Socceroos legend Mark Schwarzer slammed Aussies who ‘don’t want football to succeed’ while furious coach Graham Arnold slammed the government for spending nothing on sport
- The Aussies train on a suburban oval and there is no recovery centre
- It comes despite repeated World Cup heroics
- Schwarzer believes external forces are blocking funding
It’s been almost 20 years since Mark Schwarzer and the Socceroos made history by qualifying for the FIFA World Cup for only the second time in history, but not much has changed when it comes to funding for the sport.
The Socceroos were the toast of the nation that night in 2005 when Schwarzer was the hero in a 4-2 penalty shootout victory over Uruguay that propelled Australia to its first World Cup since 1974.
That Australian team would go on to defy history though by escaping the group stage only to lose to powerhouse Italy in a controversial finish in Germany.
Fast-forward to 2022 and the Socceroos are once again the nation’s pride, with thousands flocking to city squares to cheer on the national side as it rewrites the history books in Qatar.
But once all the celebrations were gone, the Socceroos were left underfunded and homeless by the federal government on both occasions.
Arnold and the Socceroos celebrate the victory over Denmark that earned them passage to the knockout stages of the World Cup
Thousands of Socceroos fans have flocked to city centers across the country to cheer on the team in Qatar – but getting financial backing from the government is a very different story
Despite millions pumped into rival Australian football codes, the Socceroos still have to pay $1500 per session to use the run-down Leichardt Oval for training and they have no recovery centre.
Coach Graham Arnold is on the warpath trying to get the necessary funding for a dedicated home for the national side, but Schwarzer believes there are external forces at play.
‘Unfortunately, there are so many people in Australia who really don’t want football to succeed, they fear our beautiful game,’ he posted on Twitter, including an interview Arnold gave on Sunday.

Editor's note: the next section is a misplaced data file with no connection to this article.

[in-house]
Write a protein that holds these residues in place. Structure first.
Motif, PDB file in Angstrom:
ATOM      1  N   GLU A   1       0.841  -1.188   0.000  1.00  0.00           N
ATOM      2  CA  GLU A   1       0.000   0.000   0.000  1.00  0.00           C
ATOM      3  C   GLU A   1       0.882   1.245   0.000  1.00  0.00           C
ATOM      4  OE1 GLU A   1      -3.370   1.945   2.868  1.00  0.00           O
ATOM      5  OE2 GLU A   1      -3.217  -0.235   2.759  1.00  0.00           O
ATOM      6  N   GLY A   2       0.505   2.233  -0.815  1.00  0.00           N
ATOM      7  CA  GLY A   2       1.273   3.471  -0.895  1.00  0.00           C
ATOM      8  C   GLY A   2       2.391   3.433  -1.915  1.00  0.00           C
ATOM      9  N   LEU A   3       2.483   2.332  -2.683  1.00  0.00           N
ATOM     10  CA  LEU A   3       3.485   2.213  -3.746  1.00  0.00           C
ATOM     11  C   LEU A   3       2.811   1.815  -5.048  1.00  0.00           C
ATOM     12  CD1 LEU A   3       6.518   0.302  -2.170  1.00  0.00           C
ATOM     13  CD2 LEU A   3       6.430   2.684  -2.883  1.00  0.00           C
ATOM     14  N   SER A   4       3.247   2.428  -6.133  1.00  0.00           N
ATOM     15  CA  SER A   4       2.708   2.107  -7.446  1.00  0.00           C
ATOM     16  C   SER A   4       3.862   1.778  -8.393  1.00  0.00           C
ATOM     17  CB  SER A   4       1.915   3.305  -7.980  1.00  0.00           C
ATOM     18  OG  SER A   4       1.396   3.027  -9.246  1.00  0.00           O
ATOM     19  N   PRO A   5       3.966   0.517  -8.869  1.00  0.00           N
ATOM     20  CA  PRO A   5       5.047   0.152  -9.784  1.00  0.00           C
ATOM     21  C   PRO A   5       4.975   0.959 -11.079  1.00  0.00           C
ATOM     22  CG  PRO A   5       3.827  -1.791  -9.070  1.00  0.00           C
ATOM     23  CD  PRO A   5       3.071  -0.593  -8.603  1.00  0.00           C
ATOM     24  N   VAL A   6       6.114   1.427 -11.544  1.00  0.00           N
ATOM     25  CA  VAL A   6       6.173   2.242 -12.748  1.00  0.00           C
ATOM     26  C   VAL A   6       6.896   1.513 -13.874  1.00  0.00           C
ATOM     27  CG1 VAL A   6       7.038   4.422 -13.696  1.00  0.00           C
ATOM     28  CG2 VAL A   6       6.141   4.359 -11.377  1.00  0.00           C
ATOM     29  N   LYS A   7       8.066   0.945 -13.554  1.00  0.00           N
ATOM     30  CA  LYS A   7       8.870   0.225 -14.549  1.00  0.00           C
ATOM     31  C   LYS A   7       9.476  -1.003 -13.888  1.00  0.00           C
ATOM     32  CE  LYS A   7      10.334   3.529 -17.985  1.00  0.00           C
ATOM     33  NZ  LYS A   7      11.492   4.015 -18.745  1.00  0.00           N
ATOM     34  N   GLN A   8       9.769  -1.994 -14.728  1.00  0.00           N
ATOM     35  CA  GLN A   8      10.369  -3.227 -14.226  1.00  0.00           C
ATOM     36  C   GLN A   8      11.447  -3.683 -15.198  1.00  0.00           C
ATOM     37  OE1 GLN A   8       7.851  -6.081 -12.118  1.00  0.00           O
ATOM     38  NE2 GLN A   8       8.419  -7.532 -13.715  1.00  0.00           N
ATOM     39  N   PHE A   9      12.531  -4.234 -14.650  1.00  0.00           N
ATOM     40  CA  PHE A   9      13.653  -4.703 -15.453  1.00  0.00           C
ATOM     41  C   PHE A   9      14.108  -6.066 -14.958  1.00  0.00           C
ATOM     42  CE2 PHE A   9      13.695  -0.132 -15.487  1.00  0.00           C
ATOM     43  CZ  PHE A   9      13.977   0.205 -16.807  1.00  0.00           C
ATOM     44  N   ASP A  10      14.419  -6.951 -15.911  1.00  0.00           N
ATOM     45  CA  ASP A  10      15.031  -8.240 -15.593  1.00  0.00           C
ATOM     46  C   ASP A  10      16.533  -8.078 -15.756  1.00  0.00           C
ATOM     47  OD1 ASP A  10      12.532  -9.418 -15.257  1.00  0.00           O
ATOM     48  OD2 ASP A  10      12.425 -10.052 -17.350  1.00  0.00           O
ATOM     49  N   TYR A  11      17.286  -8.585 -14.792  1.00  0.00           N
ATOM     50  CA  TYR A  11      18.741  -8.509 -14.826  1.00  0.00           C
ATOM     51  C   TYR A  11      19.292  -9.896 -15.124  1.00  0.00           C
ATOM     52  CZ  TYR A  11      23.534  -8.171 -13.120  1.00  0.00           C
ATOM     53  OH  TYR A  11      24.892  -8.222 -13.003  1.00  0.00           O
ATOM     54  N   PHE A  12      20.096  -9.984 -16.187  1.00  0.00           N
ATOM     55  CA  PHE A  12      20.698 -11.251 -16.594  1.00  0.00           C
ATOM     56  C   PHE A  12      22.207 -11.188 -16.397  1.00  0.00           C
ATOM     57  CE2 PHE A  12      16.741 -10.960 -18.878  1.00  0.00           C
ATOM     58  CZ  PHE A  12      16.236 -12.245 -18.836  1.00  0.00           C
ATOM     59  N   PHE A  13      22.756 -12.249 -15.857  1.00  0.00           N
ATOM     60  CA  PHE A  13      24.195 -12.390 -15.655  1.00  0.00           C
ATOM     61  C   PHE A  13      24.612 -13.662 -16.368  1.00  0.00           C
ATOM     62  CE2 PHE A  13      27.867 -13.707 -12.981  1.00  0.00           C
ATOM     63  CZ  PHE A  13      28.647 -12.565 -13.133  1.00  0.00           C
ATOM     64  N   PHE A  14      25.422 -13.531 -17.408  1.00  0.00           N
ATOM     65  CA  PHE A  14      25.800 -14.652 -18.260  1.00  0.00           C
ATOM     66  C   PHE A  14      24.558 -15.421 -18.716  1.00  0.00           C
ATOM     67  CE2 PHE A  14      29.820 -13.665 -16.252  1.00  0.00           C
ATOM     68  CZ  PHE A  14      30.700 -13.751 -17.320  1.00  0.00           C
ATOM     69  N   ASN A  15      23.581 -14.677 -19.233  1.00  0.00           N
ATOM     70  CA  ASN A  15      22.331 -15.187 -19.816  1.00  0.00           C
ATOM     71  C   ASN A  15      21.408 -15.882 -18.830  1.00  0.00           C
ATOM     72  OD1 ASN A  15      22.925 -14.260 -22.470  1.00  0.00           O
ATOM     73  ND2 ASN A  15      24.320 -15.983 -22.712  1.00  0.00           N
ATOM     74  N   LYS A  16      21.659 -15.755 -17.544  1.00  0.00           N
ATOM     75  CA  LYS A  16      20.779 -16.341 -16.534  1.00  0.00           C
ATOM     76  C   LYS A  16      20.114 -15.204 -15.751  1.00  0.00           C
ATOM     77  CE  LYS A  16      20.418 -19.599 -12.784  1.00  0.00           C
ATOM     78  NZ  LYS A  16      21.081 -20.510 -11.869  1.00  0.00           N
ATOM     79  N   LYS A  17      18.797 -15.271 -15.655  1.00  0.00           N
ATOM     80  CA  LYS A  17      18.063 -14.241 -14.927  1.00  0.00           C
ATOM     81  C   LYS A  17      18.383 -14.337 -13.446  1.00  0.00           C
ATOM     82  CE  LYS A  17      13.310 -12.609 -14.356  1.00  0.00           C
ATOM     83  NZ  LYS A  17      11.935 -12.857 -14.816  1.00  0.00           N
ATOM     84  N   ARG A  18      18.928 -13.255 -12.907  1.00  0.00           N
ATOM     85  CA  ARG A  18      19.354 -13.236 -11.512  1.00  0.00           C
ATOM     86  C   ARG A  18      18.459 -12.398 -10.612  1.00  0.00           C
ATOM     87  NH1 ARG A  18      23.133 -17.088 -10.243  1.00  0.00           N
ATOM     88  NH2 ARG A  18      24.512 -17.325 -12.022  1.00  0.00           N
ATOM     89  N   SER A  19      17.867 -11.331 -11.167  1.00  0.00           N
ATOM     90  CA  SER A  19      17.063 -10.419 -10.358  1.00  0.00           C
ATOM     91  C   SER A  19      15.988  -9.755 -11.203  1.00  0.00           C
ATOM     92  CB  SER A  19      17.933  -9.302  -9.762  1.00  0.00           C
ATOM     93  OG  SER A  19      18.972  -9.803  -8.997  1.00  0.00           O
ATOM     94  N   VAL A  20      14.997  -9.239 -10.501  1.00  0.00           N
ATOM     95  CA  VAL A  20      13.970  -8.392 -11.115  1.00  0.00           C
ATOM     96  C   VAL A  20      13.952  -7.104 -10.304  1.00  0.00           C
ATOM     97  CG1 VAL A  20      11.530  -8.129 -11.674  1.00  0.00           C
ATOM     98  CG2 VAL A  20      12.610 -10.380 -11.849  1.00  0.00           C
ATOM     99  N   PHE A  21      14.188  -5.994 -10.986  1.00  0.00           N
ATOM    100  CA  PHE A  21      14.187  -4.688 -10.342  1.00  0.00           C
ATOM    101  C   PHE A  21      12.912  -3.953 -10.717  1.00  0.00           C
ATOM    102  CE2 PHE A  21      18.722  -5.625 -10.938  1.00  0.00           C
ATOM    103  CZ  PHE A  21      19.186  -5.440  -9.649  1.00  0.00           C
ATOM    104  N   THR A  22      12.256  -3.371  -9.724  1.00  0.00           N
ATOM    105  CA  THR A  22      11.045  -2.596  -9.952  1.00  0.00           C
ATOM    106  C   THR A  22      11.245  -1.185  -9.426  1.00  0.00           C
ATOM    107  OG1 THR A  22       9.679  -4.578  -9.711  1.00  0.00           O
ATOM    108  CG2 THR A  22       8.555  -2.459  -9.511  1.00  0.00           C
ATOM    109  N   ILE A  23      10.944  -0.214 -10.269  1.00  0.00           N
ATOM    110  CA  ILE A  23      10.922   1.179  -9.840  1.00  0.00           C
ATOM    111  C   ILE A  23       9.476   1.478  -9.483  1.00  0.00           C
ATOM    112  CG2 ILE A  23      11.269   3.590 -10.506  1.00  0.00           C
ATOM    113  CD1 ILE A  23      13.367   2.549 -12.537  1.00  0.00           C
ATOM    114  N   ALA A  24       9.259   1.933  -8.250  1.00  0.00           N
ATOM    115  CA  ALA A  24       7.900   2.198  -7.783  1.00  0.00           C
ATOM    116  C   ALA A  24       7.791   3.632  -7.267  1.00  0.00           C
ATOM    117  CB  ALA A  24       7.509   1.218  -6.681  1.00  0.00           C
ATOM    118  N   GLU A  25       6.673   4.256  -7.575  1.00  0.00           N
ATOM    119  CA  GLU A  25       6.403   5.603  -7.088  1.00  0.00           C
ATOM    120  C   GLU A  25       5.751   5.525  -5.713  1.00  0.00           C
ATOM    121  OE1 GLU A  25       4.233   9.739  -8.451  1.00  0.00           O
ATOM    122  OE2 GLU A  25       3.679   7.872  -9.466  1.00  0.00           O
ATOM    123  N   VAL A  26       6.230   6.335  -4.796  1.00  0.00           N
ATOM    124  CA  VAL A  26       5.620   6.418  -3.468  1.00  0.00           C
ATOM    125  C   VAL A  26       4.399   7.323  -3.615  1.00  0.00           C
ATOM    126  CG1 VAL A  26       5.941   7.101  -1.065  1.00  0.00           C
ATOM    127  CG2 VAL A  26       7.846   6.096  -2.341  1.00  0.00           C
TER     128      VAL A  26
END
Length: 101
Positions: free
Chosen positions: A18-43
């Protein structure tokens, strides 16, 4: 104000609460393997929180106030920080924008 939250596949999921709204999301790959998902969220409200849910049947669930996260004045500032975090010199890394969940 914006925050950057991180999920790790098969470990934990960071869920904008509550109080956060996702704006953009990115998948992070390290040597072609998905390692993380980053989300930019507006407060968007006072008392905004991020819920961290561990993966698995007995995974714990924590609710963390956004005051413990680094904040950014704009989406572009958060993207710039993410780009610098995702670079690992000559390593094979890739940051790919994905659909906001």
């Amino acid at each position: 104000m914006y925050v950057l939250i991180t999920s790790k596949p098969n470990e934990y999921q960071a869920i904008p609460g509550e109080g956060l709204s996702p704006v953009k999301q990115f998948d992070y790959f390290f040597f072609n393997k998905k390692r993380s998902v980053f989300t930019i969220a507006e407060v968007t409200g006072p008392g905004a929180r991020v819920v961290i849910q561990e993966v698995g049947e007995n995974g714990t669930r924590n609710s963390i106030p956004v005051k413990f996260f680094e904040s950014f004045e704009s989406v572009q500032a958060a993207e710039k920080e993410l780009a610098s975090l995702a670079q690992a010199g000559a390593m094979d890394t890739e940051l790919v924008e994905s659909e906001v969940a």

In that interview on ABC’s Offsiders, the national coach said he supported other football codes such as the NRL and AFL getting government money, but wanted to see the Socceroos get their fair share.
‘I’m really happy for the AFL to get what they’re getting and rugby league and the NRL in NSW to get what they’re getting,’ he said.
‘But we can’t get anything. At the end of the day we don’t get any money from the government, we don’t have a home for the Socceroos.’
The Socceroos are pictured during a training session at the run-down Leichhardt Oval in 2022 ahead of a crucial World Cup qualifier. Other national teams have innovative set-ups
(Left to right) Schwarzer, John Aloisi and Tim Cahill celebrate qualifying for the 2006 FIFA World Cup, the second time Australia have reached the finals
Arnold spoke of the humiliating conditions awaiting top talent to return home to play for their country, including hauling ice back to their hotel rooms just to recover.
‘I bring back players from Europe who are top players and they have the best training facilities in Europe,’ he said.
‘They came back, we stayed in a hotel obviously, we didn’t have a recovery centre, the guys had to get ice to put in their own bathtubs in their rooms to recover from the flight and get ready for the games.
‘So it’s something that I believe the only way forward for Australian football is we need a football home that we can build pathways for kids.
‘We’re only looking at the elite level of the Socceroos and the Matildas but the pathway is the most important thing and unless we can sort out the ingredients in the cake and get that right, well then the game will suffer.’
Fans quickly backed Schwarzer and Arnold and called for greater funding for football in Australia.
‘For a sporting nation, that’s not particularly impressive. Look at smaller countries like Croatia or Belgium,’ one posted.
‘Most popular grassroots participation sport in the country today which is amazing and should be celebrated/funded accordingly,’ posted another.
‘What a great potential for football in Australia, a perfect platform for the sport,’ added another.
News/Image Sources: Daily Mail